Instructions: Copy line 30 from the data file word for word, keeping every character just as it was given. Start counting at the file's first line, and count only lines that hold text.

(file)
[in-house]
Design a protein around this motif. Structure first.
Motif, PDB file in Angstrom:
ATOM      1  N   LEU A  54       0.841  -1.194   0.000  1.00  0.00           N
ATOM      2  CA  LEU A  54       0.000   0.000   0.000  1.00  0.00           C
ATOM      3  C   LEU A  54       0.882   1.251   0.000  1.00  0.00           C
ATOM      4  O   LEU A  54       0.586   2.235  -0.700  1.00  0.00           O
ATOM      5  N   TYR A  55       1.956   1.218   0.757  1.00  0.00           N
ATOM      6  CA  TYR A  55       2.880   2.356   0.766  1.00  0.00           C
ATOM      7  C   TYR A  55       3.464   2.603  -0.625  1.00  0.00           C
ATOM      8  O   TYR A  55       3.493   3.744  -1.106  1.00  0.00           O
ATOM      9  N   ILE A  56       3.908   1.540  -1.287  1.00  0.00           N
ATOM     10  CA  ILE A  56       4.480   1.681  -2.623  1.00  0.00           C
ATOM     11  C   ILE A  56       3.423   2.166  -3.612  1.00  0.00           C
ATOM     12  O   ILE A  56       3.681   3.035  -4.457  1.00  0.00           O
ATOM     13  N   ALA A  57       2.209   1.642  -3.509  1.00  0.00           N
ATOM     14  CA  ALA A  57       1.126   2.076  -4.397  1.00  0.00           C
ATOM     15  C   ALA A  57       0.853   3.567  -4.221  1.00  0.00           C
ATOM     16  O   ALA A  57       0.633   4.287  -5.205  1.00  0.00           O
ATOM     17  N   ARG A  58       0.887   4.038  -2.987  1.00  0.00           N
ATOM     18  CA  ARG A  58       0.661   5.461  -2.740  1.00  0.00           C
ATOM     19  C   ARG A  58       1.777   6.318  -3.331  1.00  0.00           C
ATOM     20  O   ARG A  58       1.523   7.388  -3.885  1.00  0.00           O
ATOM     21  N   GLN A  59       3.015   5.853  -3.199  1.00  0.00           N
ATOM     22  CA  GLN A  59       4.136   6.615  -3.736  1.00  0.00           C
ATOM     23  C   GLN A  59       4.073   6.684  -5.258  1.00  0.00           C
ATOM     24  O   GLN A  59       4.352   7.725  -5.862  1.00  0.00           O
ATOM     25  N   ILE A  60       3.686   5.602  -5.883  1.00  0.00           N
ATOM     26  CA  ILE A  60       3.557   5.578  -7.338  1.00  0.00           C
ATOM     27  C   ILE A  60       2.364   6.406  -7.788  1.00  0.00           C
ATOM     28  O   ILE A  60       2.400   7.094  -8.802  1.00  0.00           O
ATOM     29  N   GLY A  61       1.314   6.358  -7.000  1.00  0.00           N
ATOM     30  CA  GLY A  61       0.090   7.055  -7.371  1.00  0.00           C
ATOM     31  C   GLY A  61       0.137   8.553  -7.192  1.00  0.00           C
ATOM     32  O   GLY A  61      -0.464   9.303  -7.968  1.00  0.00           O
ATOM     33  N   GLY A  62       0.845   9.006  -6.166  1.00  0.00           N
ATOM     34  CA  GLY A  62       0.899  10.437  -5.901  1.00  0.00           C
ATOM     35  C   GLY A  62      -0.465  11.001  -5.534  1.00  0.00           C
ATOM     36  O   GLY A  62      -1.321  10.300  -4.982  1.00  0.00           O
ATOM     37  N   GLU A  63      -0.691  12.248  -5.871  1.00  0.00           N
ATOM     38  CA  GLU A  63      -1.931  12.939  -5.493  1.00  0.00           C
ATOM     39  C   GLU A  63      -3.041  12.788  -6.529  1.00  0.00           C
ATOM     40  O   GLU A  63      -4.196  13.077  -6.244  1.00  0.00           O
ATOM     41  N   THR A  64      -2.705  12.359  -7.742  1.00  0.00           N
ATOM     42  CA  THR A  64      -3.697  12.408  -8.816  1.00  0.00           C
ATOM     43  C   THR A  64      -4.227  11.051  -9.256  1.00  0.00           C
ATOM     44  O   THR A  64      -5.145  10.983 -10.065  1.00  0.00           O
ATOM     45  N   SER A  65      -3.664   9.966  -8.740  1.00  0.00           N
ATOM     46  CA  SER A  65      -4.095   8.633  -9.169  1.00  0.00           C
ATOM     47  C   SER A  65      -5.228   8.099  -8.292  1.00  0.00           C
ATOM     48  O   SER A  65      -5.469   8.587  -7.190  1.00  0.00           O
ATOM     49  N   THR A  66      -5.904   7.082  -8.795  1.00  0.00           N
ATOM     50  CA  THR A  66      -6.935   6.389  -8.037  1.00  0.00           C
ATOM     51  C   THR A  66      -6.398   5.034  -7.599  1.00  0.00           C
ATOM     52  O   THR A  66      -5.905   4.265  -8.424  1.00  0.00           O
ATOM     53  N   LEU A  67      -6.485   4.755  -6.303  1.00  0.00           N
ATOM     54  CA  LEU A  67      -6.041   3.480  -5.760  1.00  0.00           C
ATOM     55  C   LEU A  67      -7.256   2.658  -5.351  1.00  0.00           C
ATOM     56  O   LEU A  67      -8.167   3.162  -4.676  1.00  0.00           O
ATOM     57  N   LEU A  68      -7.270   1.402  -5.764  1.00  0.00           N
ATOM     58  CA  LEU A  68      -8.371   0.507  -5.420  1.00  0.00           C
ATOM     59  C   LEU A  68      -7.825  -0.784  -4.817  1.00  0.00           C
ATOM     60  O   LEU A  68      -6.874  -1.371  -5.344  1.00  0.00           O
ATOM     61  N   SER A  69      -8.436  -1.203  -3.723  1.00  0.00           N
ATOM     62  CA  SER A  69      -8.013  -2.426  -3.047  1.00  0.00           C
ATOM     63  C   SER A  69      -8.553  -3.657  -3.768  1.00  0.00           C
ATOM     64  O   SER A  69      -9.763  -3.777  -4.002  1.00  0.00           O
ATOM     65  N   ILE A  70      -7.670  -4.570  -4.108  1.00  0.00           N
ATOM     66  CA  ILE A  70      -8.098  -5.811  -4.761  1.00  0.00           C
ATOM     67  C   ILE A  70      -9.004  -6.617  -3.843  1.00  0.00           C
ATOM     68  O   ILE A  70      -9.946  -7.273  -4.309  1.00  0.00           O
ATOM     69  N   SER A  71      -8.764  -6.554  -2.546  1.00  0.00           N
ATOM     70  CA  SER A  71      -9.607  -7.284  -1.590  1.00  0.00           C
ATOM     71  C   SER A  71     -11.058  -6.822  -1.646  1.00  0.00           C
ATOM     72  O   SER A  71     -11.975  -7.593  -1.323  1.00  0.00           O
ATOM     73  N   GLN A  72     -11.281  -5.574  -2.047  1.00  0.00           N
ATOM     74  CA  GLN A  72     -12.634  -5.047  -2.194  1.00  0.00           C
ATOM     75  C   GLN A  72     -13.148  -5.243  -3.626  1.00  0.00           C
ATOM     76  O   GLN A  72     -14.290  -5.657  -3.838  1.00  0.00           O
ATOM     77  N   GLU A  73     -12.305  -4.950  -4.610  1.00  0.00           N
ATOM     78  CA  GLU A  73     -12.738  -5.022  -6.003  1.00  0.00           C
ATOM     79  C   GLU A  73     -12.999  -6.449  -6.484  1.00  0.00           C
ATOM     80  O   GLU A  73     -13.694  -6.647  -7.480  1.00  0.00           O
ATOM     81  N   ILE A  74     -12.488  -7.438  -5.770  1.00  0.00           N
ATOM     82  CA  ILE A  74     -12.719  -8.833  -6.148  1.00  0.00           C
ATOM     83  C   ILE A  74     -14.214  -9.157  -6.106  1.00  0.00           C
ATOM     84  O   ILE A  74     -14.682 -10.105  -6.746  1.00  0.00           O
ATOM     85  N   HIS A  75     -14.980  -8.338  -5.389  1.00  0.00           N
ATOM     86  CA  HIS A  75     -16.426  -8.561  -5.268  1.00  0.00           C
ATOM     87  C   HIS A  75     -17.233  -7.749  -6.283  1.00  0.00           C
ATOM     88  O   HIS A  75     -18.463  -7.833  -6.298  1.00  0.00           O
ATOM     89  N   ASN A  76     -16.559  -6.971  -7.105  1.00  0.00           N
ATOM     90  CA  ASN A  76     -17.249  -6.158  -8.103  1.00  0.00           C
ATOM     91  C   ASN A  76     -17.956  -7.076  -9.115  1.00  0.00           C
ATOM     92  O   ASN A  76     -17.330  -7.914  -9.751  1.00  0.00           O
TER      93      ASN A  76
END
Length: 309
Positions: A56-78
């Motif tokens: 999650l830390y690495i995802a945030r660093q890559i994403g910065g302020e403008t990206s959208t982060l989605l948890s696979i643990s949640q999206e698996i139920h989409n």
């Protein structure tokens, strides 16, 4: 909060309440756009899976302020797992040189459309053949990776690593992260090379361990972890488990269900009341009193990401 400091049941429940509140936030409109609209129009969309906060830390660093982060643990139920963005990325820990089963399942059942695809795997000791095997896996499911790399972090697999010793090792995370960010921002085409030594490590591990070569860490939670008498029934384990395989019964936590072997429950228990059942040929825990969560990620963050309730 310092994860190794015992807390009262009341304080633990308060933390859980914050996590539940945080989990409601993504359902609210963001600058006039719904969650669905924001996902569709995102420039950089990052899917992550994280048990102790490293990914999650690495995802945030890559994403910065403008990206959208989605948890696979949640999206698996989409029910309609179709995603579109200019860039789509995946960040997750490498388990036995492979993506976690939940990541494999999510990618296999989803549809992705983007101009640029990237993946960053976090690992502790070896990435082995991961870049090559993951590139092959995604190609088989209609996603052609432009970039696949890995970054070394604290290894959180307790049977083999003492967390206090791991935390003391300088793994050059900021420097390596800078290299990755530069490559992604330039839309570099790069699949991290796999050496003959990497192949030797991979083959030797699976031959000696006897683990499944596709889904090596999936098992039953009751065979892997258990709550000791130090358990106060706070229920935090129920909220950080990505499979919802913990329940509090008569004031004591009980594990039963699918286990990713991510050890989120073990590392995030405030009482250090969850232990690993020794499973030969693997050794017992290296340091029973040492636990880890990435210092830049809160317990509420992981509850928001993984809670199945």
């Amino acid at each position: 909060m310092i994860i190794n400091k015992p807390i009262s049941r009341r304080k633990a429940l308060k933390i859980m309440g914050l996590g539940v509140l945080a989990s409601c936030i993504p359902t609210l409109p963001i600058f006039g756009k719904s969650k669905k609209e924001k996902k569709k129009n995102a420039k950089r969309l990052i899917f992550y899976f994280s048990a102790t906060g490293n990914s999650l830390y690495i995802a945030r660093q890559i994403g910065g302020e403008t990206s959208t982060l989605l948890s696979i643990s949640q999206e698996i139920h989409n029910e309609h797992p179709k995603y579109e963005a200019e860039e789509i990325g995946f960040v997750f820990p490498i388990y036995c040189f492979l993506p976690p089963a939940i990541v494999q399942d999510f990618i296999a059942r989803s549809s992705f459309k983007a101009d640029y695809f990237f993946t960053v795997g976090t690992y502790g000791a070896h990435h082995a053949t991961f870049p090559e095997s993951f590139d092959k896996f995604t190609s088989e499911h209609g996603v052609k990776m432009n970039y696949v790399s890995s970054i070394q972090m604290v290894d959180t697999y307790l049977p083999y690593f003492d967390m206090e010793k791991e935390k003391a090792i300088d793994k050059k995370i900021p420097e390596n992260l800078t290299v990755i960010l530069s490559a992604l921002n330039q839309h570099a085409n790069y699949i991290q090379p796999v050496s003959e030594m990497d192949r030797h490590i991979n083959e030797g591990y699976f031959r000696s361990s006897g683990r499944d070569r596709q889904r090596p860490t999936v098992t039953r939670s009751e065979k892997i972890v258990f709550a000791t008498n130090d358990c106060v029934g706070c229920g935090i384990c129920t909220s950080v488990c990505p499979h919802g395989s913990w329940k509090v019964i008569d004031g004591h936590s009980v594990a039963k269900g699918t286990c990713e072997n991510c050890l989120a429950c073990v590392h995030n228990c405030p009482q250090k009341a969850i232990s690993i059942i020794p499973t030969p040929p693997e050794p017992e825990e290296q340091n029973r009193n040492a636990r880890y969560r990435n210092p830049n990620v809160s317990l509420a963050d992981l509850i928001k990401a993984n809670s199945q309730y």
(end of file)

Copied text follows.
ATOM     27  C   ILE A  60       2.364   6.406  -7.788  1.00  0.00           C